I've always been artsy. So I knew I wanted an art blog. In February of 2007, I started- wrote my first post. It wasn't long until I learned about etsy (if you don't know about etsy, honey, hold on to your wallet. Awesomeness awaits you there), and the Somerset publications. Somerset is an incredible group of magazines. ALL of their content is reader provided. They had a new quarterly magazine then, called Artful Blogging. I submitted my blog, and what do you know, they wanted to feature me! ME. They thought MY BLOG and MY ART was interesting. After that, different Somerset publications featured some of my crafts, one of my photos (it was a lucky shot. I am NOT a photographer). I sold my artsy crafty stuff on my website and I was doing amazing things. Amazing to me, anyway. Around this time, my oldest started school. And I started teaching some art classes way up in the city. I joined Facebook and started really feeling like I was getting to know my sweet little community. Funny how something like Facebook made it easier for me to get to know the people in my small town. Yes. This is MY small town. I've since shut down that original blog and started a new one. I have changed directions artistically. Instead of crafts, I am doing what has always come naturally to me. I am drawing. Nothing pretentious, nothing amazing. Just sweet little illustrations of children and other things. My work has a nostalgic feel. I think it harkens back to that romantic notion of small moments, small people, small towns. Have you ever noticed that “small” often describes really important things?


I have big dreams for my little drawings. And you know what's amazing? You can live ANYWHERE today and do ANYTHING you want to do! The internet has made the whole world a small town. There are communities for everything you can imagine! Blogs for arts, crafts, mommy blogs, techy blogs (my husband has a computer programming blog!), and anything else you could dream of. If you don't have a blog, you should GET ONE! And get on Facebook, and Flickr, and poke around on Pinterest and stake your claim! This last spring, a couple of professional photographers saw photos of my kitchen on the internet somewhere. Those photographers drove all the way from the Northeast United States to rural Tuttle, Oklahoma to photograph my house for a national interior decorating magazine. Can you believe that? The story is supposed to come out in the spring. It's stunning to think that a photo I put on my blog traveled around the world wide web, and found it's way to the monitor of editors and photographers for national magazines.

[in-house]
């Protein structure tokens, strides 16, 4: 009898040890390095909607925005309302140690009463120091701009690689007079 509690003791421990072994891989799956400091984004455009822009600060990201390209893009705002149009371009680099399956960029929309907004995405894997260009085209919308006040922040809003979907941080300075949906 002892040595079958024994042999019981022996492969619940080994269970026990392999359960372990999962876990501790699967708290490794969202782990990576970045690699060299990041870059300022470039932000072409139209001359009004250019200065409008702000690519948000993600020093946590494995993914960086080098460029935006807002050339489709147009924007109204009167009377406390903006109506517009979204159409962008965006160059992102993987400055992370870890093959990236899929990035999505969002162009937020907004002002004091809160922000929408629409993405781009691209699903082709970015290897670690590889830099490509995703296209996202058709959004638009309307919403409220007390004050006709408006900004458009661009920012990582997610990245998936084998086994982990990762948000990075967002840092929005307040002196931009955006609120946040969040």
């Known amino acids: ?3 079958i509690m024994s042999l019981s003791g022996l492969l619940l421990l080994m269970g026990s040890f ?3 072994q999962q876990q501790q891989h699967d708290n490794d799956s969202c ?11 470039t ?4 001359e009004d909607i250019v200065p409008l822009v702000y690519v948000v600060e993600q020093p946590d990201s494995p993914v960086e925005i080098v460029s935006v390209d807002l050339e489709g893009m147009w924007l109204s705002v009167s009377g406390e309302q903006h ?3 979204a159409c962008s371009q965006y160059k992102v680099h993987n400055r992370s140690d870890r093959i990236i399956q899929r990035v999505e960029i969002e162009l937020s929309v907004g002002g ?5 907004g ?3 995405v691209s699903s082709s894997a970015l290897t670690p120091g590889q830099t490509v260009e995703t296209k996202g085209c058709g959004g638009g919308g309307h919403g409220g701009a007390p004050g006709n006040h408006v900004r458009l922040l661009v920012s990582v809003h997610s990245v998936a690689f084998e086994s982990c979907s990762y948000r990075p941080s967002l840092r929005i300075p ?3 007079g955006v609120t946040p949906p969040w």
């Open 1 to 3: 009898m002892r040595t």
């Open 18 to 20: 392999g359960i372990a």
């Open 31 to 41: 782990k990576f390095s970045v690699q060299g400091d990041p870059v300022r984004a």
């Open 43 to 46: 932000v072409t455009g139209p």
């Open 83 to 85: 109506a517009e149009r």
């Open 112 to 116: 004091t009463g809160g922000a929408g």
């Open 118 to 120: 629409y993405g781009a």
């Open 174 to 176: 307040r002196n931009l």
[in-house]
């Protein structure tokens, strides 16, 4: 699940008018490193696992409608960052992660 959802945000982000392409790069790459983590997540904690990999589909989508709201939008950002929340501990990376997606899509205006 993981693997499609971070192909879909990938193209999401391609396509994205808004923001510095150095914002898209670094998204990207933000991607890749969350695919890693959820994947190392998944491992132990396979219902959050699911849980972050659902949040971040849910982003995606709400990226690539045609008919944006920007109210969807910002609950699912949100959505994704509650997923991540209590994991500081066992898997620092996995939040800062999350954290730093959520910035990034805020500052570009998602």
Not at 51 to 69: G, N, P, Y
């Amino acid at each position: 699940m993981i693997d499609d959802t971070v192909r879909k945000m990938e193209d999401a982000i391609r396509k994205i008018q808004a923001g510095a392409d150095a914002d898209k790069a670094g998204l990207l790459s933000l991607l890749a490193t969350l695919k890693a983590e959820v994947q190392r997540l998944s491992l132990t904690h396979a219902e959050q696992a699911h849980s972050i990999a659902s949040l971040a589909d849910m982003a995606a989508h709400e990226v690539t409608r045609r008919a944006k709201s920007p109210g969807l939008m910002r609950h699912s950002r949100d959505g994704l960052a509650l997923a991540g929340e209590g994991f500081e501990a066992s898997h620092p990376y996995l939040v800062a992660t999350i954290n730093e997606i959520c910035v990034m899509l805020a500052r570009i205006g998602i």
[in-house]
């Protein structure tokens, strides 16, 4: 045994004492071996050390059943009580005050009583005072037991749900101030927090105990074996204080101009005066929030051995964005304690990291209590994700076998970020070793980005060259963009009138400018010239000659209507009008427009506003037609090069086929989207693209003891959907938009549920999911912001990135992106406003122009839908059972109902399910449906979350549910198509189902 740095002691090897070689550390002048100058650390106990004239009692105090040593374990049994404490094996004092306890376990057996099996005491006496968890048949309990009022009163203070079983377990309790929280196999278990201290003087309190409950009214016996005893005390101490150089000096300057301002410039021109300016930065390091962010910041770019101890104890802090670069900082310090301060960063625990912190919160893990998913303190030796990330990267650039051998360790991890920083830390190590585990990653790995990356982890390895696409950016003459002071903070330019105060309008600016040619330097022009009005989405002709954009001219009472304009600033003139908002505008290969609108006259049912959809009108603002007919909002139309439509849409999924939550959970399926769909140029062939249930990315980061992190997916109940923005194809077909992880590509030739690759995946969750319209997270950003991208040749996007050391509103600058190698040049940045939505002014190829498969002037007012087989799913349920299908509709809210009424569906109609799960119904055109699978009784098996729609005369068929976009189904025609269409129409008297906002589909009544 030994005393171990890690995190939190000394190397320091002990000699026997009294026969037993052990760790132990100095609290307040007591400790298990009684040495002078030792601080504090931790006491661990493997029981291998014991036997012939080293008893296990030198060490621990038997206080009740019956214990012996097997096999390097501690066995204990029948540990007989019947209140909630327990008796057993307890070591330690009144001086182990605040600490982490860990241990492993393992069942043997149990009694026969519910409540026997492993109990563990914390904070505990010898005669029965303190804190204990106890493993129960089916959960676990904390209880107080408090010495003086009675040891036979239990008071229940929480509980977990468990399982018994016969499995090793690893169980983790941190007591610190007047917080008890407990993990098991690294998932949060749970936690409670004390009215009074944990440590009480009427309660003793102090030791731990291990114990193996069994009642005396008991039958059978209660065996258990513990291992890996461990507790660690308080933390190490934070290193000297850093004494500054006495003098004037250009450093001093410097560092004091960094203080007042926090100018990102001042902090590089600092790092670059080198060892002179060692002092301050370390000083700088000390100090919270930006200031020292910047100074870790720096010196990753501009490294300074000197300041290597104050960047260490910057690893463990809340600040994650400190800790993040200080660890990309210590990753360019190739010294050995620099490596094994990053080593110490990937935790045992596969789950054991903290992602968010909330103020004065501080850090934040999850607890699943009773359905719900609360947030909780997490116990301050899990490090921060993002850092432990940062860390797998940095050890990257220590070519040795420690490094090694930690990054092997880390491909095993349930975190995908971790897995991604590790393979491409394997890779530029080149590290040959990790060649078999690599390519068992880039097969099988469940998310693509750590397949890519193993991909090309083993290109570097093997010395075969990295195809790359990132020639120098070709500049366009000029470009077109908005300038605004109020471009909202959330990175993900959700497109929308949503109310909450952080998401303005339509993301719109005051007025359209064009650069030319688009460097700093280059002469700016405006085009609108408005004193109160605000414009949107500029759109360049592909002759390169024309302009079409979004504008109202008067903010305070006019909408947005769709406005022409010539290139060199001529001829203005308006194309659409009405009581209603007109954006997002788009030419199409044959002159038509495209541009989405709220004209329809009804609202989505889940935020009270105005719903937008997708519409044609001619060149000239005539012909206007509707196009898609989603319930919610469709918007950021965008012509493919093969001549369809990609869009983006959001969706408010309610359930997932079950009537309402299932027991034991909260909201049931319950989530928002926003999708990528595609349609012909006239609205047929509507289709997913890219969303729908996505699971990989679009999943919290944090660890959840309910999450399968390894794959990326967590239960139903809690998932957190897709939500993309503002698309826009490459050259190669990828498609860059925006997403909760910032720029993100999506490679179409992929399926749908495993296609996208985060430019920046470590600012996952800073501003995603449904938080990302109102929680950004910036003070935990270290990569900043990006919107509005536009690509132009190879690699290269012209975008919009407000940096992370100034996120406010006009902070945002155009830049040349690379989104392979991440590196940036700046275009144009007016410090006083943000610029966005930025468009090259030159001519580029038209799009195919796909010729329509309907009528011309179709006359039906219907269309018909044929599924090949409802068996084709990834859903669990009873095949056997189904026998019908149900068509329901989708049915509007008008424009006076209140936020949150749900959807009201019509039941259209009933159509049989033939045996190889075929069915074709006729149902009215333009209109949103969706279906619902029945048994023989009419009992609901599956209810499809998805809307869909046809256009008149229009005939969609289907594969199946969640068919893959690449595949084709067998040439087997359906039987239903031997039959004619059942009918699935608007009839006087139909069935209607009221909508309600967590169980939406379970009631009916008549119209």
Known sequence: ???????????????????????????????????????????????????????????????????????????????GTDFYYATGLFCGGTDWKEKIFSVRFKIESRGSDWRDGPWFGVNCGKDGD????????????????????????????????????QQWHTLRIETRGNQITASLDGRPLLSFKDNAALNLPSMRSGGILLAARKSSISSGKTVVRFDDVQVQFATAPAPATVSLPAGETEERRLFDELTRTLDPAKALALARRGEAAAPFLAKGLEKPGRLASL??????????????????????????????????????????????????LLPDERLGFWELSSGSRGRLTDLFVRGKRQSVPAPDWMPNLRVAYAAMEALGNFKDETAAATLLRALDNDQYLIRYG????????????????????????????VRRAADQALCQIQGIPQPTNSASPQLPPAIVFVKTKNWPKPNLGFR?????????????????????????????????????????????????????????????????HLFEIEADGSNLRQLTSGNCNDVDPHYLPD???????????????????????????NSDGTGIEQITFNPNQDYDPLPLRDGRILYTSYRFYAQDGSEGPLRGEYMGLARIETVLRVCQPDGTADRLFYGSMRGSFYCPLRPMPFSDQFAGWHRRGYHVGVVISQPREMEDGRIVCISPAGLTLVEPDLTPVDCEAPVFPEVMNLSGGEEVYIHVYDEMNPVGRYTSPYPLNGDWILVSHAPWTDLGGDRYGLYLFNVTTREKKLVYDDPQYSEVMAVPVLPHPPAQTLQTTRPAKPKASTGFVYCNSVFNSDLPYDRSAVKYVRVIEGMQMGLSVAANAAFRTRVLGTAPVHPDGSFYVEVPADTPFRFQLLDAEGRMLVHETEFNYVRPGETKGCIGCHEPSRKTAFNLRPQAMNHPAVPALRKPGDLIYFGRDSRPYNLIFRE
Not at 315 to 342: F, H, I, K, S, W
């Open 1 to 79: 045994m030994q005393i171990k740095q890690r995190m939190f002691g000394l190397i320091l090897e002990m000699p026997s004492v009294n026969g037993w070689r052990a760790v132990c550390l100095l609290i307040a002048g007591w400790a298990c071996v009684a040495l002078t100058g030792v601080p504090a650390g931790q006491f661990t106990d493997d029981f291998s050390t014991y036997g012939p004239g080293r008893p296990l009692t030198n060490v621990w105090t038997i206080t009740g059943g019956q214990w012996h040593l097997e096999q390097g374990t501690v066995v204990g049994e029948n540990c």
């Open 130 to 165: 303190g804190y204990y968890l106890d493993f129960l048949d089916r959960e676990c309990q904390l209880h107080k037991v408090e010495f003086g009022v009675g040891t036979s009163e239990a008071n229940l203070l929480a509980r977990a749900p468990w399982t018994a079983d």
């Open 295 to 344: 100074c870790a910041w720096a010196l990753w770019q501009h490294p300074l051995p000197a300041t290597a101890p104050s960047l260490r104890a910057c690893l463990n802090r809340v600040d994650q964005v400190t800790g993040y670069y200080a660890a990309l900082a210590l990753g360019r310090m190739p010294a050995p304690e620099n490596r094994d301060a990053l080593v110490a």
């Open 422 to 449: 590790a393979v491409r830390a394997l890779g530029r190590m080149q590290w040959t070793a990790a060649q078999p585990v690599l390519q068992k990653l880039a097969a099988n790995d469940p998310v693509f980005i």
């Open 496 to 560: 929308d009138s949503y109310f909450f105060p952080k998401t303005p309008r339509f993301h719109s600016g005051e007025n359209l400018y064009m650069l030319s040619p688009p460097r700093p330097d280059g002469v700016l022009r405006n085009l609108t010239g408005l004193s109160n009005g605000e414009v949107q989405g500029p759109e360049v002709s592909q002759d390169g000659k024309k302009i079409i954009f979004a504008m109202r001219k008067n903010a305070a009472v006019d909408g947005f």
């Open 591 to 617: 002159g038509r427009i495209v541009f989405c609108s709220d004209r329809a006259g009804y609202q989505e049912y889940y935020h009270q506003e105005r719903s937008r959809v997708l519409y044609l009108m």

By the way, Tuttle does not have a Wal-Mart. I have to drive to one of the
neighboring towns for such luxury. But you know what? I don't miss it. Not
one bit. It has forced me to slow down. To plan. To breathe.

Rural is a place, of course. But it's also something sort of intangible. For
me, it was always in my heart. I wasn't born here, but I was born to be
here. The world has opened up to me since I've been here. The women here
have become my very best friends. I love Rural. It rocks.


  1. Thanks for the invitation to guest blog, Kasse! Love you, my sweet friend. xo

  2. Dear Holly,
    Thank you so much for sharing your talents with us! You are an amazingly talented woman! Your love for your family and your passion for your work is pure joy. You have inspired me the way that Amy Powers has inspired you! I too am a country girl at heart and appreciate all that God has blessed me with. Thank you from the bottom of my heart for sharing your gifts! xoxo Holly Helgeson :)

  3. What a great post!! Holly is such an incredible artist!!! Can't wait to see her home featured in the magazine this spring!

  4. I loved this post and finding out more about this sweet lady! I am in love with Holly's art and enjoyed learning more about her life! Thanks! ♥

  5. Wonderful post groom sweet Holly. Enjoyed it!